Despite the country's wealth and economic success, immigration is a hot-button issue in Switzerland where the right-wing Swiss People's Party (SVP) has long blamed rising rents, crowded public transport and higher crime on an influx of foreigners.
The Swiss will decide on Feb. 9 whether to back a popular initiative "against mass immigration" which is spearheaded by the SVP and aims to set annual quotas on permits granted to foreigners in Switzerland.
Representatives from 12 Swiss industry groups including the machinery, watches, IT and tourism associations said quotas would impose unnecessary red tape on businesses and curb their ability to hire flexible and highly-qualified staff.
"Terminating free movement of people would have devastating consequences on our labour market, since our innovative companies are reliant on specialists," said Heinz Karrer, president of business lobby Economiesuisse.
While neutral Switzerland is not a member of the European Union, its immigration policy is based on free movement of people from the EU and allowing a restricted number of non-EU citizens to enter the country.
The vote comes at a time when many politicians elsewhere in Europe are also fearing what will happen now Romania and Bulgaria have full access to the bloc's job market and welfare systems.
Across the continent the media are railing against "welfare tourism", and politicians worry this will boost the far right in May's European Parliament vote.
Swiss industry heavyweights such as drugmakers Roche and Novartis as well as banks UBS and Credit Suisse have traditionally looked outside the country for highly skilled and specialised staff.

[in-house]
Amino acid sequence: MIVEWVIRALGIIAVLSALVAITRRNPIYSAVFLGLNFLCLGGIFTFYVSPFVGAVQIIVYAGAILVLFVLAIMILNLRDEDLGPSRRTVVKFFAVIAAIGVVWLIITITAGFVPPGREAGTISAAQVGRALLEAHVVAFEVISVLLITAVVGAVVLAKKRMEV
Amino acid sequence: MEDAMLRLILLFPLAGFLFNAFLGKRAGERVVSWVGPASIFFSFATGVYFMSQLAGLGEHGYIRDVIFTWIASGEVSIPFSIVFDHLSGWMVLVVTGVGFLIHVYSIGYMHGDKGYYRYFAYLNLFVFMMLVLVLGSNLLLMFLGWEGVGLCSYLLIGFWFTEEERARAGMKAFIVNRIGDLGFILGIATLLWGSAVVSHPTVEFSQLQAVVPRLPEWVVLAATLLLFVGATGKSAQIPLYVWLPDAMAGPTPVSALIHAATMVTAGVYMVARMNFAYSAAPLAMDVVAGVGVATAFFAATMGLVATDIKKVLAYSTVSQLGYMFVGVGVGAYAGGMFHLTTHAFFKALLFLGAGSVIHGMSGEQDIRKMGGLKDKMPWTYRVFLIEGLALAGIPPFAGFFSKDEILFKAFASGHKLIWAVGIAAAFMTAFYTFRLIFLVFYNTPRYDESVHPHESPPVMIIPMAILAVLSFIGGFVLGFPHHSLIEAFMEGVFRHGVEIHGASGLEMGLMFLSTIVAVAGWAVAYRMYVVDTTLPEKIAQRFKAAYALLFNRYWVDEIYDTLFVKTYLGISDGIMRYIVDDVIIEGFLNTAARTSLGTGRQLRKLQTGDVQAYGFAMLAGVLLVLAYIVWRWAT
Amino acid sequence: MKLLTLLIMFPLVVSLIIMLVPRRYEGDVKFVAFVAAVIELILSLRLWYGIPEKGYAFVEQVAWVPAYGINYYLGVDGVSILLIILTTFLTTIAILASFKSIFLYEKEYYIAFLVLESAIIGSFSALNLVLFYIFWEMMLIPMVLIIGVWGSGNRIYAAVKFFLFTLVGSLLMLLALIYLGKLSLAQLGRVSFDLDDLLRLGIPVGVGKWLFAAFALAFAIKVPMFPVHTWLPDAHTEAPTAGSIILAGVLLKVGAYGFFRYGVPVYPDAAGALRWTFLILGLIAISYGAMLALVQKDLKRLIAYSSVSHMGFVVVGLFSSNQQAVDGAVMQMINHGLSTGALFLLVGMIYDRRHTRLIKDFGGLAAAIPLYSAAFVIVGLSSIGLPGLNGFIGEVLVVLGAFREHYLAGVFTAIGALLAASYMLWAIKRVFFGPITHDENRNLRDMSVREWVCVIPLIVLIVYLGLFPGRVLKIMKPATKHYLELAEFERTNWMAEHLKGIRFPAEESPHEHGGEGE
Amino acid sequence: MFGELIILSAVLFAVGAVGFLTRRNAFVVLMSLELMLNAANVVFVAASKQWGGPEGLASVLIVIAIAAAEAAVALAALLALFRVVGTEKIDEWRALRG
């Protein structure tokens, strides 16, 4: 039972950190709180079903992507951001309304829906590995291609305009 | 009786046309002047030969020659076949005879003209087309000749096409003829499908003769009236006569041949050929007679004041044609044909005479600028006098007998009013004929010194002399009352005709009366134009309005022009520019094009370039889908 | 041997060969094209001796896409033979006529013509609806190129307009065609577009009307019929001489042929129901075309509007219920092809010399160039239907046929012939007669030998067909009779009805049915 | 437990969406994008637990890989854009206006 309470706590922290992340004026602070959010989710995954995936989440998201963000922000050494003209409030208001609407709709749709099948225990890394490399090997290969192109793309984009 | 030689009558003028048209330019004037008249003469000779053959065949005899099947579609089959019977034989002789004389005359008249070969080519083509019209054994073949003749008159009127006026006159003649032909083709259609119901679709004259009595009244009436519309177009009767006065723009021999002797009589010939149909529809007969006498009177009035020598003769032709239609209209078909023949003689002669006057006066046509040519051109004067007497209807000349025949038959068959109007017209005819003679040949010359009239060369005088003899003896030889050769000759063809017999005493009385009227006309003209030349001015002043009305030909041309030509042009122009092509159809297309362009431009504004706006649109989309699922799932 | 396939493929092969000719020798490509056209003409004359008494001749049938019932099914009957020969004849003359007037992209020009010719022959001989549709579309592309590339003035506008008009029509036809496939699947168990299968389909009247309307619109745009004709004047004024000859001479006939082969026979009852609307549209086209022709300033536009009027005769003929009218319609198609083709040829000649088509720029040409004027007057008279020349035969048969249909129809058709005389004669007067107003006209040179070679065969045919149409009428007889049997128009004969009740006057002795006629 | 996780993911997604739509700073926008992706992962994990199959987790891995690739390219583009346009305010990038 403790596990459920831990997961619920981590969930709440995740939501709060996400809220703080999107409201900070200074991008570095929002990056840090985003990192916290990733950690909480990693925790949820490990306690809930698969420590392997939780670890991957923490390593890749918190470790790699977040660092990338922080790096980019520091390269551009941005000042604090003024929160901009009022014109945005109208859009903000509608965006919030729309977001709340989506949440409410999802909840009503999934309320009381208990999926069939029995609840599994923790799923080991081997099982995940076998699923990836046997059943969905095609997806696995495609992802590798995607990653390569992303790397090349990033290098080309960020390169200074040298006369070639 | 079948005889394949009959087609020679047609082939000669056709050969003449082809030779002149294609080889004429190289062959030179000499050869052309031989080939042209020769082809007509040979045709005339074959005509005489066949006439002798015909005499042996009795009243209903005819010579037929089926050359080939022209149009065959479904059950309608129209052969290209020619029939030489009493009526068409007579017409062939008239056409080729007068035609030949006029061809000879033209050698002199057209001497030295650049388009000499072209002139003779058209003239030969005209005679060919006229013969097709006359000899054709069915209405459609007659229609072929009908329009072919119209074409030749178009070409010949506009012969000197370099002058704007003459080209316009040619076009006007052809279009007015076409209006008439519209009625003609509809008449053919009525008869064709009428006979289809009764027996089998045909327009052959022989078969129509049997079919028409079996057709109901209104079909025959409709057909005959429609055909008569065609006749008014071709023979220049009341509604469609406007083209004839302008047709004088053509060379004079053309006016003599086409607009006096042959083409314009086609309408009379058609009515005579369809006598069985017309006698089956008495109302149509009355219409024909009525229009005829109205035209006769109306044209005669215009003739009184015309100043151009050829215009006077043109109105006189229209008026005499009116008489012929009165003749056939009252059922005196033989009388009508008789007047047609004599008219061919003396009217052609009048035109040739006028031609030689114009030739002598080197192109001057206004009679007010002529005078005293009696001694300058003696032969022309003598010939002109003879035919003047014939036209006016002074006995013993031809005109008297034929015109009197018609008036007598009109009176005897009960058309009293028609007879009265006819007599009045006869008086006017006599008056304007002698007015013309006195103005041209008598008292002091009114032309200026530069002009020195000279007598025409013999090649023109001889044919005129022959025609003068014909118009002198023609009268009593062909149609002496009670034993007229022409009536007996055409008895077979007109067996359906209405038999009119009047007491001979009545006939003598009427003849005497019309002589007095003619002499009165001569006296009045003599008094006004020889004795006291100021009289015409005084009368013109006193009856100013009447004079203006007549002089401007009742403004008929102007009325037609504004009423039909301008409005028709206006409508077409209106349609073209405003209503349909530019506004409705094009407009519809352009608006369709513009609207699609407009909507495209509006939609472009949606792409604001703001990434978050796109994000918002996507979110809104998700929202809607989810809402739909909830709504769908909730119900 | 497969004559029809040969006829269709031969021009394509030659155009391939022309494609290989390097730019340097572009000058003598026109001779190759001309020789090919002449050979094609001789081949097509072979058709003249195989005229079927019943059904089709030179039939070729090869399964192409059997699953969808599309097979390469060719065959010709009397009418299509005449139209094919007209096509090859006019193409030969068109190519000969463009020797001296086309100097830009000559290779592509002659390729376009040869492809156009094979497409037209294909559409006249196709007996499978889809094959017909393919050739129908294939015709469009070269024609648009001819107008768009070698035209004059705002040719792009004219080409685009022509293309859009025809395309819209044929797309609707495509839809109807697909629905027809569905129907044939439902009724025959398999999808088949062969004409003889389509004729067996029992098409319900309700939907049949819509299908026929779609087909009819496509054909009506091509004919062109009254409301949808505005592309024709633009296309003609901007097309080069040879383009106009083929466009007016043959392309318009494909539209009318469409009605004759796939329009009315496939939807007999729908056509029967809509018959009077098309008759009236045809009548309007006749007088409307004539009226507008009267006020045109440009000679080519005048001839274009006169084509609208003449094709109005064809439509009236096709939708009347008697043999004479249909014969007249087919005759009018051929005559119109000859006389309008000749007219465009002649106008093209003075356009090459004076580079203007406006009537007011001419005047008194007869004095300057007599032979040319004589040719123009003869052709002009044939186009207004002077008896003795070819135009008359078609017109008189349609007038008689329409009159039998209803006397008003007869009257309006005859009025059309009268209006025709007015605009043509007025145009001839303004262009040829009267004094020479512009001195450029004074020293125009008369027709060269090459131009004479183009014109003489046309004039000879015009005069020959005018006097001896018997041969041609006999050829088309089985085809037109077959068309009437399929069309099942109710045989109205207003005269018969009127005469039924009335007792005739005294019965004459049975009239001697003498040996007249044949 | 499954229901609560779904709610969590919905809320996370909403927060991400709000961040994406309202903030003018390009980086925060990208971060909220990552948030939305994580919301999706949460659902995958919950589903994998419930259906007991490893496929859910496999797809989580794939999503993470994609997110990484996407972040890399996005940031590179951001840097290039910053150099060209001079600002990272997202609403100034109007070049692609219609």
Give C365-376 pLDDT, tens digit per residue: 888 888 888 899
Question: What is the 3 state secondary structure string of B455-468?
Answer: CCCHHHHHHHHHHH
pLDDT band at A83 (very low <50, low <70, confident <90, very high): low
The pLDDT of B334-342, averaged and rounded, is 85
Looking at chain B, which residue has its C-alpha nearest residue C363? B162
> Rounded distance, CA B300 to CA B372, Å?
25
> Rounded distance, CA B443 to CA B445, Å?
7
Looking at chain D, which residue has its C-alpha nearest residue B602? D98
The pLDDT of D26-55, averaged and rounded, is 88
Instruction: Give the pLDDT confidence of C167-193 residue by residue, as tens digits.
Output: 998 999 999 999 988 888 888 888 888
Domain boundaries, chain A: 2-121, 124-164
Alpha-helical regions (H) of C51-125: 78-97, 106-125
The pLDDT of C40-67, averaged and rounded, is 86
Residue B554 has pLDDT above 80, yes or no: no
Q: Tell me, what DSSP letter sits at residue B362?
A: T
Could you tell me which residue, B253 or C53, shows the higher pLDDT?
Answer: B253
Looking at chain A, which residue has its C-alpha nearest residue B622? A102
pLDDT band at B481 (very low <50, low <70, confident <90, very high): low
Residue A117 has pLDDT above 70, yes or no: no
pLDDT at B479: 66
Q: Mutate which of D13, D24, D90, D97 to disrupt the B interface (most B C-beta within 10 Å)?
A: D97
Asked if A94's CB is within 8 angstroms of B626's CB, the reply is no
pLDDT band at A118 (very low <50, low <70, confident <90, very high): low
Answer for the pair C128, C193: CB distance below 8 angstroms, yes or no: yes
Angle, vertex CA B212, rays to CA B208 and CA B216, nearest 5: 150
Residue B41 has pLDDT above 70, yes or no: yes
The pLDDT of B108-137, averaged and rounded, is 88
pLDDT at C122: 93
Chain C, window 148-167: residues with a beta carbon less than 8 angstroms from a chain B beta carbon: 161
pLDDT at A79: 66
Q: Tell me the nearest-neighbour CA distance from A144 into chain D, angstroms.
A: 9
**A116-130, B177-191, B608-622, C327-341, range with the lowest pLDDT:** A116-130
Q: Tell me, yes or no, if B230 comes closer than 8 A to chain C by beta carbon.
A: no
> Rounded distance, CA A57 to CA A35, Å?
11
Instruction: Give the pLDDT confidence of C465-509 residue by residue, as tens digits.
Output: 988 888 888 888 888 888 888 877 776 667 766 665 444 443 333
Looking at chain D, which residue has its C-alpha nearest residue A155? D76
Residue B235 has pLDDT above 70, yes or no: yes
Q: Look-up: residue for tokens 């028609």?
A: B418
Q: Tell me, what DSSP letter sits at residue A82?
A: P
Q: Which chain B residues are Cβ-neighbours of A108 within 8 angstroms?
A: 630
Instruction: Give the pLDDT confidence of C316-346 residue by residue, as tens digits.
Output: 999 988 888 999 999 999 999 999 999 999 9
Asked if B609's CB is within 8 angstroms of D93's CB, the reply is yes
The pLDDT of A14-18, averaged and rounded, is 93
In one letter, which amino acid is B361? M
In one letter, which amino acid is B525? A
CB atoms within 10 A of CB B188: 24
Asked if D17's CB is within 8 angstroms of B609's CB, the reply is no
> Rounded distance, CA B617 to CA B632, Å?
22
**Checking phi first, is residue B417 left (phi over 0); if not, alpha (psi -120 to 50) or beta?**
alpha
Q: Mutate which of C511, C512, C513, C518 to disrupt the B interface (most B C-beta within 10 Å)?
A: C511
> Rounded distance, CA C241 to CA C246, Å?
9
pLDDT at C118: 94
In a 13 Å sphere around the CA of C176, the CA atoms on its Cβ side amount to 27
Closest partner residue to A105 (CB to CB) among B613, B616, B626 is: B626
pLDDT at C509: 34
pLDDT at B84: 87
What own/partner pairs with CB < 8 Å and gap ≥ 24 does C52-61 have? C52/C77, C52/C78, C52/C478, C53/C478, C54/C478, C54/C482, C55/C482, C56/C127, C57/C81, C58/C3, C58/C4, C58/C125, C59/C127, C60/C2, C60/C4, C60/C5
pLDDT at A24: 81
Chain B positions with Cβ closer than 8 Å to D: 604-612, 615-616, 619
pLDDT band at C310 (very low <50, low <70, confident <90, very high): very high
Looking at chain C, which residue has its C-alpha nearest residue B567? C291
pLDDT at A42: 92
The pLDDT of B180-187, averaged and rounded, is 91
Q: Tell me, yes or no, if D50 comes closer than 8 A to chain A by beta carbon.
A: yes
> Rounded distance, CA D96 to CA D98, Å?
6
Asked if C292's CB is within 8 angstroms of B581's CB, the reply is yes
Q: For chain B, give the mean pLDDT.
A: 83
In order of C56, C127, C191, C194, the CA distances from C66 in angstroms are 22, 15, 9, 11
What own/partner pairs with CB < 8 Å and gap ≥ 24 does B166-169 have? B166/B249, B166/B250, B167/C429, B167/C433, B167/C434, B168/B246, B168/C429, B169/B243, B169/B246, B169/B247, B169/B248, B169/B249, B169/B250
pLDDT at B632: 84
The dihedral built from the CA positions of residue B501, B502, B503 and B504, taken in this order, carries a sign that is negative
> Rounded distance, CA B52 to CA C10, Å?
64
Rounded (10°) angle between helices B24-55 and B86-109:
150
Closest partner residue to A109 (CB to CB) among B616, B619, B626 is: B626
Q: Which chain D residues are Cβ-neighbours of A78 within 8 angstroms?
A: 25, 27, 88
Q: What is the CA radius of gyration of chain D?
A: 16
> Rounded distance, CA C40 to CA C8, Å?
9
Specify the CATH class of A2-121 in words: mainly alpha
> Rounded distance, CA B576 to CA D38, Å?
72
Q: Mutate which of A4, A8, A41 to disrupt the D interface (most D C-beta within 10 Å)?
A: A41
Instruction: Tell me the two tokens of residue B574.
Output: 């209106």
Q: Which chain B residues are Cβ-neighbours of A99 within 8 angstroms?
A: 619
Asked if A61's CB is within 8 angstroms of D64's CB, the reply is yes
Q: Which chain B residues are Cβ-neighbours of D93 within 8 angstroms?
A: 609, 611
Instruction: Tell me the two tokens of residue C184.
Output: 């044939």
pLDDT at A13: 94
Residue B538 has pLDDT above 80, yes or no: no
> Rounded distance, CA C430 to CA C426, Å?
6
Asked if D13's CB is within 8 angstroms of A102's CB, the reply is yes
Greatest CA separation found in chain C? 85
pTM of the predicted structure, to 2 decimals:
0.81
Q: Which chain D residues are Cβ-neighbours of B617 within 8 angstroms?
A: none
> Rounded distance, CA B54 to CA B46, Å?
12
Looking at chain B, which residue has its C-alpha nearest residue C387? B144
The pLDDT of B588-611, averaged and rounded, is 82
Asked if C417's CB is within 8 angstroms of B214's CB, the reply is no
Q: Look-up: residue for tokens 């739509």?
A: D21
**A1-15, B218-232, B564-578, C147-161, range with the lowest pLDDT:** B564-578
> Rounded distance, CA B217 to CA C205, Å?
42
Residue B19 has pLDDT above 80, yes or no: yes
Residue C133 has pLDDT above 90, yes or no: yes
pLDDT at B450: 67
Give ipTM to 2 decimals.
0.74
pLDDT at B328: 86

Christoph Maeder, president of scienceindustries, said 45 percent of employees working in the pharmaceutical, chemical and biotechnology sector were EU citizens, while around 40 percent of workers in the hotel sector are foreigners.
Europe is also Switzerland's biggest trading partner buying goods worth 120 billion Swiss francs ($130 billion) last year and re-imposing quotas would call the country's bilateral agreements with the bloc into question, the lobby groups said.
Net immigration to Switzerland ran at around 63,000 people per year between 2002 and 2012, government data show.
The number of foreigners from EU countries living in Switzerland rose 4.6 percent in the year to August to 1.23 million. Italians, Germans and Portuguese make up the biggest groups of immigrants.
February's vote is the first in a string of upcoming referendums aimed at curbing immigration. Environmentalist group Ecopop wants to cap population growth through immigration at 0.2 percent. The Swiss will also vote on whether to enlarge the free movement of people agreement to include Croatia.